If you plan to go here's the way to do it:
- Open a St George account I guess, pre sale access 500 tix per film or main sale a week later
- Tix in advance but no reserved seats, first in gets the choice
- Personally we rule out films over 2 hrs [plastic seats]
- There is early parking at Mrs Mac's Chair but go around so facing west
- Go early and line up with your print at home tix [that's changed most over the years]
- One race to get two seat reserved St George signs and go up the first stairs to find good seats
- Another head straight for the Dining Tables and grab spots
- Grab your free Lindt ball on the way through
- Take your time before ordering, the eating/drinking
- Move to seats a bit before 8pm so you can still read a newspaper/magazine
- The screen mechanically goes up around 8.15pm
- Movie 8.30pm-ish
- Enjoy!!

   There are deck chairs for first 200 St G customers, special nights for them too. I preferred the original Phillips sponsors and no VIP seats [although there's always been a VIP bar and a bevy of celebrities]. Props to the famous who sit with the great unwashed... there's plenty of spottos each year!!

Monday, January 09, 2017

Vale Brian Rudd Pitt St Mall Shoe shine

It was inspiring at Christmas time to read this tweet from Father Bob...

"full of resilience and gratitude"

   Brian was a well known 'shoeshine' in Sydney who I often saw and very occasionally spoke to in Pitt St Mall over many years. It was humbling and fascinating to have heard Father Bob speak of Brian's story and background at a fundraising dinner for the South Sydney Herald.
   Brian had been a ward of the state in Victoria from 3 months to 18 years of age and had moved to Sydney because he feared the drug culture in Melbourne would be his undoing. Sharp, funny and as Father Bob says "full of resilience, he slept rough or in boarding houses and didn't want charity but was happy to shine shoes and carve out a simple life in the city. He died quietly in his sleep just days after the phone call/tweet. I used to regret that I mostly wore joggers or suede shoes every time I went past Brian in the Mall.
   I had cause to share the little I knew of Brian's story with young people and other audiences over the course of a few years when talking about who makes up this world, what 'good news' might look like to different people and/or just to invite people to 'walk a mile' in the shoes of another and hear their "story of hope". I know he inspired me and caused no end of honest self reflection.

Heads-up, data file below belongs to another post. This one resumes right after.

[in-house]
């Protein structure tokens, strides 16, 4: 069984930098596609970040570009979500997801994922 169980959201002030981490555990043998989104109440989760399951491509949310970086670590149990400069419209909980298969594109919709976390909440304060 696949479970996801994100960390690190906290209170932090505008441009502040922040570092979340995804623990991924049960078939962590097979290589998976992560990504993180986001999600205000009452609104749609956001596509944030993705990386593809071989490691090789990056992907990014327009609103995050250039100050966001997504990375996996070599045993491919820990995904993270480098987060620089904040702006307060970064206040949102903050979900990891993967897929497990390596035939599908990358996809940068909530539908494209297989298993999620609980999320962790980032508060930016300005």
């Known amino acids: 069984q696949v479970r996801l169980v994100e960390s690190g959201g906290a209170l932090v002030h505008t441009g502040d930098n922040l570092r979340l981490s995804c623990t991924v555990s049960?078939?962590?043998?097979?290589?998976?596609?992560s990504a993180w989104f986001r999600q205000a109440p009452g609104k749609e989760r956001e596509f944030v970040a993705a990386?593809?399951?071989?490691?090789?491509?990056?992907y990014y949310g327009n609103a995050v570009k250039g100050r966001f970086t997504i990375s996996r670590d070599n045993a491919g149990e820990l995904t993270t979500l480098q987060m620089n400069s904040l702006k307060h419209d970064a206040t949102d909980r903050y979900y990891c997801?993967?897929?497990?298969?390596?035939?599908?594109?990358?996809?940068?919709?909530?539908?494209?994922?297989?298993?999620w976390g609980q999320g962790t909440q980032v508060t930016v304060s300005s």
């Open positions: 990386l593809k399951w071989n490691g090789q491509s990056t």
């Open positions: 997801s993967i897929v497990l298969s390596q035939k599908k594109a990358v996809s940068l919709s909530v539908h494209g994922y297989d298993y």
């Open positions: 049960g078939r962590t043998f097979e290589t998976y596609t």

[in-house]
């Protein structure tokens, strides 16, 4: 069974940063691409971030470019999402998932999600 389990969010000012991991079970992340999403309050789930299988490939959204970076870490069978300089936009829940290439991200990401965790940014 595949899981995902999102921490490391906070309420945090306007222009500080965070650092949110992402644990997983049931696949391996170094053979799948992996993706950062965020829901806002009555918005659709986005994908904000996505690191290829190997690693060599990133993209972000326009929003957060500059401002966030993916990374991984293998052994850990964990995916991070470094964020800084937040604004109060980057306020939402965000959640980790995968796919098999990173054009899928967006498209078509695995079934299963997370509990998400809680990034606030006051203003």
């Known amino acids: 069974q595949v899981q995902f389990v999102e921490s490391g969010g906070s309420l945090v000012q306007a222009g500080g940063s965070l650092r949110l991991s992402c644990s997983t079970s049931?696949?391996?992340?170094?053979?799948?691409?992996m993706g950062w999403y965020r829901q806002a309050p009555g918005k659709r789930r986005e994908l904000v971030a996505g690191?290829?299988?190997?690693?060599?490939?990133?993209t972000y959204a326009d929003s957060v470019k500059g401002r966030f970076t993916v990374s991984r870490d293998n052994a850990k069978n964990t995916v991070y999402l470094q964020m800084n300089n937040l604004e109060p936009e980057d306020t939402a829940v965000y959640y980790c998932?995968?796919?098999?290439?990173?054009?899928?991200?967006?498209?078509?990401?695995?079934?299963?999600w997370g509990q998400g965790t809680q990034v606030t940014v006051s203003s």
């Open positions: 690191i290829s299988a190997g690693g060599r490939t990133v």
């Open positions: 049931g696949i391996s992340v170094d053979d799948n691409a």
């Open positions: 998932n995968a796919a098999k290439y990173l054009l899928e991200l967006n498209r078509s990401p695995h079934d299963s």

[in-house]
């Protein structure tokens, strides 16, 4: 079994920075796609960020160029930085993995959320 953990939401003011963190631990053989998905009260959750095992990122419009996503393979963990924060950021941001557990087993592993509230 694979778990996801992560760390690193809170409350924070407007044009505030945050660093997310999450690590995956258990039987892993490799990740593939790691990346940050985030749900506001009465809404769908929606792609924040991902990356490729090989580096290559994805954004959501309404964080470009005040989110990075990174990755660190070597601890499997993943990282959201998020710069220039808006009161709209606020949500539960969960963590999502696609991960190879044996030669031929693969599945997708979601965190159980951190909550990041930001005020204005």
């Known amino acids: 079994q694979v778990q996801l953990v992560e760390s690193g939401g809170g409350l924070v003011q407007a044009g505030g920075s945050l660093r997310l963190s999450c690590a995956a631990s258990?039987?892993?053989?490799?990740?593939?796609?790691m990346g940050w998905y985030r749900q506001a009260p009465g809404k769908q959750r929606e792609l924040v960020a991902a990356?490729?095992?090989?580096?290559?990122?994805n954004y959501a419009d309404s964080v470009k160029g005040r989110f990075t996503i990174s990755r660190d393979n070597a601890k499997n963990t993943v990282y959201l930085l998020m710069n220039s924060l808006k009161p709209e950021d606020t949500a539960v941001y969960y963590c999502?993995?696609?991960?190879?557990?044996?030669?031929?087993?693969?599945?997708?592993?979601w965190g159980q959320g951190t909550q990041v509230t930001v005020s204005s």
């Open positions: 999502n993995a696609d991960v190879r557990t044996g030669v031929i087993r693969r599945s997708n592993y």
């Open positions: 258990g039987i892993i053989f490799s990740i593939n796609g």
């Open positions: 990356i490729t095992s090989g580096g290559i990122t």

You can read a little about Brian here and I understand that Father Bob has been rushed with offers to take Brian's ashes to the Ganges, not least of which from holiday travellers, businessmen who shined Brian's shoes and the ED of Steve Waugh's charity. I think they're still looking for pro bono transport of Brian to Melbourne for a Funeral with remaining family [his brother].

Vale Brian Rudd

Thursday, January 05, 2017

Mike Frost's 'New' Blog is worth a read

 I sense a motivation for a bigger conversation than a Facebook Post can offer and so Mike Frost is blogging in a 'new' site and today's post is well worth a read and a thought here

Sunday, January 01, 2017

"The Sound of Summer" Jim Maxwell

Just quietly I don't often enjoy reading!
   That said, some books I can't put down [often autobiographies] while others join the pile of six awaiting another try. I've just read Jim Maxwell's excellent memoir since Christmas Eve!! Interesting, fills in some gaps from newspaper articles, gives great insight into the ABC and it's characters.

Jim offers honest and generous assessments of various cricketers, Captains and others. Since his medical incident during the local van based coverage of the Olympic Hockey from Rio he's been confined to 'phoning in' his insights and observations of the cricket... typically sharp and relevant comments!!

Wishing him well in his stroke rehab and wondering if I take the book to the SCG and see if he's about for autographs!!